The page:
Wednesday, September 14, 2011

A Curious Case

I found this article to be a real head-scratcher. What was this guy thinking?

Bradley Johnson, a mathematics teacher in the Poway Unified School District, had displayed banners in his classrooms for two decades that he saw as celebrating the religious heritage of America, including "In God We Trust," "God Bless America," and "God Shed His Grace on Thee."

But after he transferred to a new school, a new principal in 2007 ordered the banners taken down.

The size of the banners — some 7 feet wide by 2 feet high — made them "a promotion of a particular viewpoint," Principal Dawn Kastner is quoted as saying in the court's 40-page opinion.

First of all, this is a math teacher, so the banners aren't exactly promoting the classroom's subject matter. Second of all, this is a public school, not a private Christian school. Third of all, 7 foot by 2 feet? Did said teacher leave himself any room to write sample problems on the board?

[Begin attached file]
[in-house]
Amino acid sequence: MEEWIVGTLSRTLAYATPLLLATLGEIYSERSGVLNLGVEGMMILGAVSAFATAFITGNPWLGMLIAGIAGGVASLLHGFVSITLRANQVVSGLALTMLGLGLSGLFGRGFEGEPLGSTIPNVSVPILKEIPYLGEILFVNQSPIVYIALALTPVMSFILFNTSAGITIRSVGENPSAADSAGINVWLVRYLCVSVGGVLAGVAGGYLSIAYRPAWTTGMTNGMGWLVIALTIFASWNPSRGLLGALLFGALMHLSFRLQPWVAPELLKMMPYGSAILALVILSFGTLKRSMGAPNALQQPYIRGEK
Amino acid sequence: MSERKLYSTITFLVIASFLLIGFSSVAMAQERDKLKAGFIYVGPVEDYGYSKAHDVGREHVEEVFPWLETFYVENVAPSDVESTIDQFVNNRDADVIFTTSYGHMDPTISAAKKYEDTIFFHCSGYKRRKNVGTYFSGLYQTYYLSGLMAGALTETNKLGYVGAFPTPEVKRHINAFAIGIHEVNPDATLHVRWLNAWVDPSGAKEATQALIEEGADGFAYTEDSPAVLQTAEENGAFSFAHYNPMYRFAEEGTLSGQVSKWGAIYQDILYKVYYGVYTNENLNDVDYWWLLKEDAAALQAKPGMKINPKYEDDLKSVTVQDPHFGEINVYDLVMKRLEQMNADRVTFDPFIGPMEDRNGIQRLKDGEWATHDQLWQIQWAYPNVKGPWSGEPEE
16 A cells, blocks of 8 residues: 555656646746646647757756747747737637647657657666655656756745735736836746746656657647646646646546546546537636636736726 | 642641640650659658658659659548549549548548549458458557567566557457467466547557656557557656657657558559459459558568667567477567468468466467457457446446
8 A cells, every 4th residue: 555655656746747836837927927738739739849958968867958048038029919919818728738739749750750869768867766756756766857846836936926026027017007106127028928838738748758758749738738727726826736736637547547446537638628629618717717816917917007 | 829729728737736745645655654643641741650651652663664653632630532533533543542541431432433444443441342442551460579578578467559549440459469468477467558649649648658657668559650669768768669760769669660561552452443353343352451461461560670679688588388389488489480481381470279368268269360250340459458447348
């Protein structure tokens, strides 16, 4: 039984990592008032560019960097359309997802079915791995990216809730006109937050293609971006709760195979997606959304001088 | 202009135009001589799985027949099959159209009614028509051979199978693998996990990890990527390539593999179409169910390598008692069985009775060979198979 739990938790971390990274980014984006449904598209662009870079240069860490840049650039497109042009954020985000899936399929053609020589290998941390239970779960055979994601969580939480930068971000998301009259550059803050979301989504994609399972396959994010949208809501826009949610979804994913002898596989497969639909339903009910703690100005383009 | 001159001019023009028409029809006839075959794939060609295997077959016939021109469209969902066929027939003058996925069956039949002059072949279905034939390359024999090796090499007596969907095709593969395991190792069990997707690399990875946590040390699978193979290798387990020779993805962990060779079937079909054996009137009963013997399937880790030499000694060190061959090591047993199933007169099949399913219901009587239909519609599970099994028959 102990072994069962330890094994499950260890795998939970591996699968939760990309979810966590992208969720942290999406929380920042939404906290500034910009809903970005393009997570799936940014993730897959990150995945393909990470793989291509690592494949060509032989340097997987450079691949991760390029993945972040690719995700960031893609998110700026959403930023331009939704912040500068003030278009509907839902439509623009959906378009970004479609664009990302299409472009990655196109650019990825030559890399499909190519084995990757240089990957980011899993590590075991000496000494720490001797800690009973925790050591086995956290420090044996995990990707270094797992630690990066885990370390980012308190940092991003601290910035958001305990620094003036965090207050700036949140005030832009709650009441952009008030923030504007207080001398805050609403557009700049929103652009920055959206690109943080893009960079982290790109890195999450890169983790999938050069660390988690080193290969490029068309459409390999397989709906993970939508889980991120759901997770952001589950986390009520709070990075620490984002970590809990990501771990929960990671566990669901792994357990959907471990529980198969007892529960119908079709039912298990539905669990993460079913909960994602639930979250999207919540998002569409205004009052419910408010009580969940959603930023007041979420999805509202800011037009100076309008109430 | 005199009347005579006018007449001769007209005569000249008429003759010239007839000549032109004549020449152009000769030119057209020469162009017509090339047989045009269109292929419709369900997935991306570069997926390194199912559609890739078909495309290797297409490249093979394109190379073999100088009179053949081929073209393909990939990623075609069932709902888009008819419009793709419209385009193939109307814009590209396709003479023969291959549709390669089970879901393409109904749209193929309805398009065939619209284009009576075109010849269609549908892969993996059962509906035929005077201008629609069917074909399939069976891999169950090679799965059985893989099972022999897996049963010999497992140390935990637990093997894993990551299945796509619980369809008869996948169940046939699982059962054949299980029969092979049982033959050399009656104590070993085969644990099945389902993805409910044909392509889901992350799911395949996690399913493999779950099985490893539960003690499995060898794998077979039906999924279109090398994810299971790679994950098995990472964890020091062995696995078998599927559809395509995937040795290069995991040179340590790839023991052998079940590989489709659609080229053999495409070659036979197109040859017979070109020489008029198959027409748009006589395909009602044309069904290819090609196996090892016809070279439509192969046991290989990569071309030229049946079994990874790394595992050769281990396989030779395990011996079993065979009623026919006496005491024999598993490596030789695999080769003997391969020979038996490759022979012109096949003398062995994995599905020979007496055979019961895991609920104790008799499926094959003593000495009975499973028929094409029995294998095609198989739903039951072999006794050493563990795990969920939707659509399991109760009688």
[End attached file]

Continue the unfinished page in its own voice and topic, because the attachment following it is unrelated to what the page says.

Mr. Johnson sued the school district, claiming that his First Amendment free speech rights had been violated and that he had been singled out for his Christian beliefs. He won at the trial level, but the three-judge appeals court panel reversed for a very sensible reason:

In its decision, the court ruled that [trial court Judge] Benitez confused overall restrictions placed on a government agency when it tries to regulate free speech of private citizens with the more expansive right of a governmental agency to set rules for workplace speech.

Exactly right: this is a case involving the separation of church and state at its heart, not a free speech case. The public school is a government function and is not a forum for proselytizing. Mr. Johnson does not have unlimited free speech rights while acting in his capacity as a government employee.

Of course, I'm reasonably certain that's not the end of the story and that we can expect further appeals. Still, it was nice to see a little judicial common sense at any level.

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